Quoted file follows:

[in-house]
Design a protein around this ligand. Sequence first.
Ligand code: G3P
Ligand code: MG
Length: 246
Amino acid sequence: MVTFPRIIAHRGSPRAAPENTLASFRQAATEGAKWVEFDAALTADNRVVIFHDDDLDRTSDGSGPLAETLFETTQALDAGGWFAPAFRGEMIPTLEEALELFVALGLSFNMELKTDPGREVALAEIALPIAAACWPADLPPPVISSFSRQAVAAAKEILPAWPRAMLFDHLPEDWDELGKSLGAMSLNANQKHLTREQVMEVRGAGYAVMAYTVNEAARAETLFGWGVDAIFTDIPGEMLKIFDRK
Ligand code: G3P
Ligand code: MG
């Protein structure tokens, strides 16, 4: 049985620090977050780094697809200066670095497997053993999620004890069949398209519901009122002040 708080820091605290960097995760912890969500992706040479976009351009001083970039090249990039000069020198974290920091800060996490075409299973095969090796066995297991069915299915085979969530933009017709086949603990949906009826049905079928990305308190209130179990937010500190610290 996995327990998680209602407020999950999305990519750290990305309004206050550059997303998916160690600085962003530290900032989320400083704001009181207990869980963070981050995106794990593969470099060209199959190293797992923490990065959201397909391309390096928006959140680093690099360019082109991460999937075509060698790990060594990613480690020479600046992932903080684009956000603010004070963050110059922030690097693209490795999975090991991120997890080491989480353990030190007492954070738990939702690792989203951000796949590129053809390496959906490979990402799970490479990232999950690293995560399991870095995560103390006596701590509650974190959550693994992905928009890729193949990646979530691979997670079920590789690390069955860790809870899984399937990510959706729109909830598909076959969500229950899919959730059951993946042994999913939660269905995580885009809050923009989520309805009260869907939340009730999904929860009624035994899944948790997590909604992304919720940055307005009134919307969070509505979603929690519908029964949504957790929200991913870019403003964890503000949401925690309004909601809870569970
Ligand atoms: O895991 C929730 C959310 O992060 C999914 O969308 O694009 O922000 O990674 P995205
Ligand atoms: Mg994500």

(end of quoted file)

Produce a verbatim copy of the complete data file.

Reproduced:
[in-house]
Design a protein around this ligand. Sequence first.
Ligand code: G3P
Ligand code: MG
Length: 246
Amino acid sequence: MVTFPRIIAHRGSPRAAPENTLASFRQAATEGAKWVEFDAALTADNRVVIFHDDDLDRTSDGSGPLAETLFETTQALDAGGWFAPAFRGEMIPTLEEALELFVALGLSFNMELKTDPGREVALAEIALPIAAACWPADLPPPVISSFSRQAVAAAKEILPAWPRAMLFDHLPEDWDELGKSLGAMSLNANQKHLTREQVMEVRGAGYAVMAYTVNEAARAETLFGWGVDAIFTDIPGEMLKIFDRK
Ligand code: G3P
Ligand code: MG
């Protein structure tokens, strides 16, 4: 049985620090977050780094697809200066670095497997053993999620004890069949398209519901009122002040 708080820091605290960097995760912890969500992706040479976009351009001083970039090249990039000069020198974290920091800060996490075409299973095969090796066995297991069915299915085979969530933009017709086949603990949906009826049905079928990305308190209130179990937010500190610290 996995327990998680209602407020999950999305990519750290990305309004206050550059997303998916160690600085962003530290900032989320400083704001009181207990869980963070981050995106794990593969470099060209199959190293797992923490990065959201397909391309390096928006959140680093690099360019082109991460999937075509060698790990060594990613480690020479600046992932903080684009956000603010004070963050110059922030690097693209490795999975090991991120997890080491989480353990030190007492954070738990939702690792989203951000796949590129053809390496959906490979990402799970490479990232999950690293995560399991870095995560103390006596701590509650974190959550693994992905928009890729193949990646979530691979997670079920590789690390069955860790809870899984399937990510959706729109909830598909076959969500229950899919959730059951993946042994999913939660269905995580885009809050923009989520309805009260869907939340009730999904929860009624035994899944948790997590909604992304919720940055307005009134919307969070509505979603929690519908029964949504957790929200991913870019403003964890503000949401925690309004909601809870569970
Ligand atoms: O895991 C929730 C959310 O992060 C999914 O969308 O694009 O922000 O990674 P995205
Ligand atoms: Mg994500």